National Cancer Institute
www.cancer.gov
800-422-6237

National Center for Complementary
and Alternative Medicine
www.nccam.nih.gov
866-464-3615

National Coalition for
Cancer Survivorship
www.canceradvocacy.org
888-650-9127

Fatigue is a very common side effect. Often it is related to anemia, a condition in which the body can’t make enough oxygen-carrying red blood cells. White blood cell and platelet formation may be impaired; the first can lead to reduced infection resistance, the second to easy bruising. Other side effects include nausea and vomiting, mouth sores, hair loss and a metallic taste in the mouth. Radiation can damage the skin while some drugs can cause what’s called chemo brain, a mental fogginess that affects memory and focus.

Treatment’s effects on the body are only part of the problem. The medical community now recognizes that emotional distress must be considered when treating cancer patients. Stress can lead to tense muscles, increased heart rate, fatigue, headache and a weakened immune system.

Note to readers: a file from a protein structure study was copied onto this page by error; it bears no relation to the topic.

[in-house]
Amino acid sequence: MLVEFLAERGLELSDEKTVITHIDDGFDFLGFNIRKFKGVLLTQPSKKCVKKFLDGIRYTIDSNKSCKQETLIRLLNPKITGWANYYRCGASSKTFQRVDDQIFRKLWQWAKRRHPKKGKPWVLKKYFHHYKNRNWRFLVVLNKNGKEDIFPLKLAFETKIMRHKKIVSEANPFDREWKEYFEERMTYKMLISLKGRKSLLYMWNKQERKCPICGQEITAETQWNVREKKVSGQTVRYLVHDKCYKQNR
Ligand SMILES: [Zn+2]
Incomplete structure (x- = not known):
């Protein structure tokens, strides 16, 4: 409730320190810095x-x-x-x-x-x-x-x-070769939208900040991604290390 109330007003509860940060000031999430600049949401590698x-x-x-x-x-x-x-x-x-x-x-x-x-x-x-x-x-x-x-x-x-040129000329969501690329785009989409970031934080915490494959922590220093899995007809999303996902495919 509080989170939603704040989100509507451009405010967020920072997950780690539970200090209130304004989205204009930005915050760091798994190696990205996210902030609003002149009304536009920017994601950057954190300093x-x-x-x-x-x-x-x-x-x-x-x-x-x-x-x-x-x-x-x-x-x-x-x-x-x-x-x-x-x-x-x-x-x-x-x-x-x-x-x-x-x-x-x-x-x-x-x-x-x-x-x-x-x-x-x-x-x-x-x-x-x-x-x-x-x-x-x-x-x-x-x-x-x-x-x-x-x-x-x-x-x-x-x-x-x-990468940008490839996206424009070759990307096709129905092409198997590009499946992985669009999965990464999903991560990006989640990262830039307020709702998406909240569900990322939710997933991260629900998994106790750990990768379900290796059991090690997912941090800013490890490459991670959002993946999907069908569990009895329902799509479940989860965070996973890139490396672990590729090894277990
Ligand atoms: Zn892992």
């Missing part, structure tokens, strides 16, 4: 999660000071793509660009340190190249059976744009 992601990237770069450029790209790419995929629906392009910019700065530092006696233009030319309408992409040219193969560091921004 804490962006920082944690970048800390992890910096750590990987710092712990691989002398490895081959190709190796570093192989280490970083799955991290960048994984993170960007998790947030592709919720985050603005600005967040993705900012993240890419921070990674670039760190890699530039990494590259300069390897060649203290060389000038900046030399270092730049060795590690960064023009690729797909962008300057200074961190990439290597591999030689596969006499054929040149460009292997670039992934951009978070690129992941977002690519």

“We need to work with people’s emotional reaction to the physical symptoms of treatment,” says Steven Hickman, PhD, licensed clinical psychologist and associate clinical professor at University of California San Diego (UCSD). “Anxiety, depression and panic can get in the way of treatment.”

Natural Side Effect Relief

Integrative medicine therapies fall into two broad categories: bodywork and mind-body techniques, such as mediation, massage, chiropractic, acupuncture and yoga, and those that are ingested, such as diet, supplements and herbs. The use of integrative medicine allows patients to feel more in control of their health. “Today’s patients are very well-educated; they search on the internet and come to their doctors’ offices with ideas of what may help them,” says Shauna Birdsall, ND, FABNO, director of naturopathic medicine at Cancer Treatment Centers of America Western Regional Medical Center in Goodyear, Arizona (CTCA, www.cancercenter.com).